- New US ambassador to Pakistan signals move away from regime change debate.
- Rejects Imran Khan’s ‘regime change’ claim.
- Says Washington was “quite clear” about it.
After former Prime Minister Imran Khan claimed he was deposed due to a US-led coup and launched a statewide campaign, the new US ambassador to Pakistan, Donald Blome, signalled Washington’s willingness to move on from the regime change debate by convening a strong two-way dialogue.
On Monday, Blome, in an exclusive interview with Daily Dawn, said the US is willing to engage in a robust two-way dialogue with Pakistan’s government, political parties, and civil society.
Former PM Imran Khan had launched a statewide campaign asking for “freedom” from foreign powers’ enslavement. As a result, rising anti-American sentiment emerged as the single most serious impediment to Washington’s ability to achieve its foreign policy goals in Pakistan.
In an interview, Ambassador Blome reaffirmed the rejection of Khan’s “regime change” claim, saying Washington was “quite clear” about it.
“However, I believe that the best thing we can do in the future is to continue interacting at all levels of Pakistani society, as we have done for the past 75 years!” he said. He went on to say that the involvement would not be restricted to government officials, but also include political leaders, corporate leaders, civil society, and youth.
As part of this two-way dialogue, he said he will “listen to and understand” what’s going on here, “transfer that understanding” to Washington, and share US “ideas and perspectives as plainly and transparently as possible” with audiences here.
He added that beyond the polarisation in internal politics over US relations, Islamabad’s new government has always been ready to revive bilateral ties. The first chance presented itself in the form of Secretary of State Antony Blinken’s invitation to Foreign Minister Bilawal Bhutto-Zardari to attend a United Nations food security summit.
Bilawal and Blinken also met on the margins of the New York conference on May 18, the first high-level face-to-face communication between the two sides in months.
Ambassador Blome said that “a number of follow-ups” were being planned based on what the two foreign ministers said was on the agenda for their meeting.
“I’ll do some of that here,” he said, “and I expect we’ll see a variety of US visitors to Pakistan in the coming months to expand on it.”
US-Pakistan health discussion
The US and Pakistan are getting ready to start discussion on the health sector in Washington. This seems to be a step toward resuming formal bilateral talks that have been put on hold for a long time.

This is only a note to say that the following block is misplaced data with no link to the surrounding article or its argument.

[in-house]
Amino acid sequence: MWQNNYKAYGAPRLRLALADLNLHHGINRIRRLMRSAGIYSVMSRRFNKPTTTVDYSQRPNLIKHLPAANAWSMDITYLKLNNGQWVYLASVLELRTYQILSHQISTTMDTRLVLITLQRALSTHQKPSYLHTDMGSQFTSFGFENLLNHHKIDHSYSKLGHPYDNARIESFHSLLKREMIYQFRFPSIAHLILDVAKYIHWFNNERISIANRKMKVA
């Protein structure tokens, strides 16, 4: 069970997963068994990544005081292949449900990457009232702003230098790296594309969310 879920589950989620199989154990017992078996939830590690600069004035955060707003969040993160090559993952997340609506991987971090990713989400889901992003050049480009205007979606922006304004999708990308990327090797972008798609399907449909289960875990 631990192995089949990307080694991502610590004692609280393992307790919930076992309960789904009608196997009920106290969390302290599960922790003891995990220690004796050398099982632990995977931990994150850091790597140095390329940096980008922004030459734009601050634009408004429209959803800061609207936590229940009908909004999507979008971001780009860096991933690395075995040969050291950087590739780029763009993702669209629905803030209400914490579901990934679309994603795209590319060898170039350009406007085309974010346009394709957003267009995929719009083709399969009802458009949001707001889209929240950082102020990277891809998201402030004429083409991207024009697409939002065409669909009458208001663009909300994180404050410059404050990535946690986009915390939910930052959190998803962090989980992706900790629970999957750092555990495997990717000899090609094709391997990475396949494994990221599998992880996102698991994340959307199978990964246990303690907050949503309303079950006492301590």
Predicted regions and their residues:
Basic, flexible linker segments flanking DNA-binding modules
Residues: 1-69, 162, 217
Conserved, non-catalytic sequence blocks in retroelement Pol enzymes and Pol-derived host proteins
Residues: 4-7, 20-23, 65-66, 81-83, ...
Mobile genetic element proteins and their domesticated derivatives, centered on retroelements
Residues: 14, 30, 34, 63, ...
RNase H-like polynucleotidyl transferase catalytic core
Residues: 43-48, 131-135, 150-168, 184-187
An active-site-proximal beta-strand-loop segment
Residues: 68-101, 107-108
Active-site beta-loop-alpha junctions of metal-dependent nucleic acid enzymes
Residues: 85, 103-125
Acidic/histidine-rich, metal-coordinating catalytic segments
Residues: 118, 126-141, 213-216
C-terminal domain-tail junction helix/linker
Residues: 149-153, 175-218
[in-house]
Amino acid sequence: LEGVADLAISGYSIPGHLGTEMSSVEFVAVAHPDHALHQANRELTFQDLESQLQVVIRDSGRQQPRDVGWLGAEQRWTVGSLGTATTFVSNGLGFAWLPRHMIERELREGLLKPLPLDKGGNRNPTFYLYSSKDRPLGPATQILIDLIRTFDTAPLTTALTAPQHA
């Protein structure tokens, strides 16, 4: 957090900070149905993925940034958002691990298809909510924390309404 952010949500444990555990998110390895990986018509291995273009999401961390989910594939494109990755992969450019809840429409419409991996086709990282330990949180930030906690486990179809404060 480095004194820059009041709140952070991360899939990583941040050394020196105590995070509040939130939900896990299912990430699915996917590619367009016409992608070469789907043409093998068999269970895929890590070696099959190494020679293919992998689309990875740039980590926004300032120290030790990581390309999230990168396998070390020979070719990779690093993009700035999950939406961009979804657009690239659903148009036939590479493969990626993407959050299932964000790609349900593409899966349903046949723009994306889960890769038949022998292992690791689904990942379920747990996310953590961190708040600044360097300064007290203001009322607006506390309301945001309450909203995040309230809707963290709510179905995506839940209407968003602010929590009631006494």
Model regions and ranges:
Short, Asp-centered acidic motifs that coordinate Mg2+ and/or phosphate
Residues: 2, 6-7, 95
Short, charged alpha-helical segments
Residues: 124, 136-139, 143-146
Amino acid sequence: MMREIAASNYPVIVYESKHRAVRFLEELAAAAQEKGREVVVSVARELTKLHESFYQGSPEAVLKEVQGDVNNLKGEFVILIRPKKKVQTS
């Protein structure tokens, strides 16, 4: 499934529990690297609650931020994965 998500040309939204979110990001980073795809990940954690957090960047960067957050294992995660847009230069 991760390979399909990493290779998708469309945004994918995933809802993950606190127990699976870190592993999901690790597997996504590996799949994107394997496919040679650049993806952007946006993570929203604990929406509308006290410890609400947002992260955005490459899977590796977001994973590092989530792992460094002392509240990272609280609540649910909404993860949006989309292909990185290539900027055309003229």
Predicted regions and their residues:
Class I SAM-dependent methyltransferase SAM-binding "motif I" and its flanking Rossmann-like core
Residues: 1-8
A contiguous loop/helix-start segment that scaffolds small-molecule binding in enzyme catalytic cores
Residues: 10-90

The envoy cited the two countries’ “partnership” in combating the global COVID-19 outbreak as an example of health collaboration.
To help Pakistan fight the pandemic, the US has given it more than 61 million doses of COVID vaccine, $69 million in money, and $9 million in other kinds of help.
“We can build on this effort not only in terms of support but also in terms of expanding private sector collaborations in the health sector,” the ambassador told the publication.
At that point, Ambassador Blome stated that he was “dedicated to fostering further development of our bilateral trade and investment,” similar to the emphasis on investment and trade during the foreign ministers’ meeting. He says that health, climate, and education are other areas where cooperation could be improved.
Collaboration on counter-terrorism
Ambassador Blome, the first full-time American’s ambassador in Islamabad in nearly four years, took over his post at a time when Afghanistan appears to be no longer a dominant issue in bilateral relations, following last year’s withdrawal of US forces from the country at the end of a 20-year war, the longest in American history.
He stated that for some time to come, counterterrorism collaboration will continue to be a distinguishing element of the US-Pakistan partnership.
At the same time, Ambassador Blome stated that the United States seeks a “strong collaboration with Pakistan on counterterrorism” and that Islamabad should take “sustained” and indiscriminate action against all militant and terrorist groups.
The ambassador was asked directly if the US and Pakistan were talking about moving drone bases closer to Afghanistan as part of their efforts to work together more on fighting terrorism, but he didn’t answer.
“The United States is dedicated to preventing terrorist threats from resurfacing, whether in Afghanistan or elsewhere.” Terrorism is a global problem that requires a worldwide response. “We will continue to engage partners, friends, and critical states throughout the world on how to best confront terrorism,” he said, citing President Joe Biden’s remarks about developing capabilities and deploying forces in the region to prevent terrorists from reappearing from the horizon.
The ambassador said the US would work with Pakistan to “press the Taliban to prevent terrorist groups from using Afghanistan as a base for external operations and to meet the international community’s expectations, including pressing the Taliban to adhere to their counterterrorism commitments, form an inclusive government, and protect women and girls’ rights.”
Pakistan’s “ongoing efforts in fighting the financing of terrorism and prioritising anti-money laundering measures” were also praised by Ambassador Blome in an interview.
His comments came ahead of the Financial Action Task Force plenary meeting today (June 14) in Berlin. Pakistan, which has been on the global illicit finance watchdog’s ‘grey list’ since June 2018, will have its progress assessed.